Researchers at IBM’s Almaden Research Center are looking to create “deep psychological profiles” of potential customers to better understand their values and needs. Dr. Eben Haber and his team are building off previous research by Tal Yarkoni that matched bloggers’ posts to the 5 modern dimensions of personality: extroversion, agreeableness, conscientiousness, neuroticism and openness to experience. Understanding these personality traits and how they relate to consumerism is critical for companies and brands because it can predict purchase: “Extroverts are more likely to respond to an advertisement for a mobile phone that promises excitement than one that promises convenience or security. They also prefer Coca-Cola to Pepsi and Maybelline cosmetics to Max Factor. Agreeable people though, tend to prefer Pepsi…”
Dr. Haber’s team is taking the Yarkoni research one step further by using linguistic signifiers to understand value systems. They have developed software that analyzes a stream of tweets and searches for words that reflect a user’s values (e.g. loyalty, self-enhancement) and needs (e.g. excitement, control). So far they have analyzed data for 90MM users and have found that they can reasonably predict a user’s personality and value traits from only 50 tweets.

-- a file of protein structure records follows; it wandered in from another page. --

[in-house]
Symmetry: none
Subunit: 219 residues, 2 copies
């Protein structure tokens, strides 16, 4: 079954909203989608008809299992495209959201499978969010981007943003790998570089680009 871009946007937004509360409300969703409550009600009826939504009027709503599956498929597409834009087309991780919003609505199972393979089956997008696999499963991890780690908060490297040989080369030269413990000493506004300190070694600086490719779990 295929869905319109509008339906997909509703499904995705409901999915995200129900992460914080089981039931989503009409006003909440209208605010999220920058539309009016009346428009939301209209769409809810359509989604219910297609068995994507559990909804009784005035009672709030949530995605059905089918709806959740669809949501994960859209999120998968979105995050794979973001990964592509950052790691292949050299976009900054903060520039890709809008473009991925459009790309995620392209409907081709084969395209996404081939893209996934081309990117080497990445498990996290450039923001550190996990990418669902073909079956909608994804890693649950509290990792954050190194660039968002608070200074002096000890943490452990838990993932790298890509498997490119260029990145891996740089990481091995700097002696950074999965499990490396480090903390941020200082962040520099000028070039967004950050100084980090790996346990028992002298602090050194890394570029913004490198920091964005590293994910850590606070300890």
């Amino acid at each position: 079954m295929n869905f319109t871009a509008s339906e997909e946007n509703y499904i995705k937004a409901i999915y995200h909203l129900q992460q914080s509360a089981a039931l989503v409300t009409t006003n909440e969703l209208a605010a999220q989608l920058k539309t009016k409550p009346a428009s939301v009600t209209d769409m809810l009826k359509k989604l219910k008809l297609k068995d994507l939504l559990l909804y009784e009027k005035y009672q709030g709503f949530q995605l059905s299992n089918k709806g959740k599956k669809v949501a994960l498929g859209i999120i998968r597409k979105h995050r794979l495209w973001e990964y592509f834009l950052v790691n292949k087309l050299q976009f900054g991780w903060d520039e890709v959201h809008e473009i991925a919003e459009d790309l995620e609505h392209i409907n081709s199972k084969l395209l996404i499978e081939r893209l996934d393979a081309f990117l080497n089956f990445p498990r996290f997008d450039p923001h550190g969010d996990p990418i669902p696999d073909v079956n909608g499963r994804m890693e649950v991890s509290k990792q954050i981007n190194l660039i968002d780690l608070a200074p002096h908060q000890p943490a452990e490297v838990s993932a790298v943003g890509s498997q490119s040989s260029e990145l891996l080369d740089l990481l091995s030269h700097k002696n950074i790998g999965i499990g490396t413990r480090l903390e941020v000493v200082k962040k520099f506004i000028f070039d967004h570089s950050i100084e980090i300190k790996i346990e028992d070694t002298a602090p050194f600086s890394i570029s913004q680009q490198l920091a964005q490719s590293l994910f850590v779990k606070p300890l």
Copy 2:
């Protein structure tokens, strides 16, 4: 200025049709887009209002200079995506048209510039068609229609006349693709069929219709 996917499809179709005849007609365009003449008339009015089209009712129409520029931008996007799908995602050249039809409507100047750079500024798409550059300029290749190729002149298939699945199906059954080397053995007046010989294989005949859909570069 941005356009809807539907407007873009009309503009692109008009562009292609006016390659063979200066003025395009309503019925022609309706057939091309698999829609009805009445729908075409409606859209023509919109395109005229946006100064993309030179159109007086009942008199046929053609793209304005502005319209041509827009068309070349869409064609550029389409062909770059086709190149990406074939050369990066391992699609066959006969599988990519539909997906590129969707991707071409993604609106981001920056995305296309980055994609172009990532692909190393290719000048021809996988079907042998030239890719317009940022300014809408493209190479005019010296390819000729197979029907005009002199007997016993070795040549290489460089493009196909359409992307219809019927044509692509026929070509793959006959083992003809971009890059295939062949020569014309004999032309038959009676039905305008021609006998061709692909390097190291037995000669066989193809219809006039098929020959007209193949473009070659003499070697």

As brands battle one another for the edge on Big Data, the importance of deep psychological research like the kind Dr. Haber is exploring will only become more significant. “What are people talking about on social?” is a question very easily answered, and unfortunately, the results aren’t always as valuable as one would think. “Why are people talking about what they talk about on social and what does it say about how they will respond to advertising?” is a much more difficult problem to solve, but consequently, yields a much bigger and much more lucrative reward. Can Dr. Haber really tell us how we think about the purchases we make by analyzing a bunch of Tweets? Either way, marketing might never be the same again.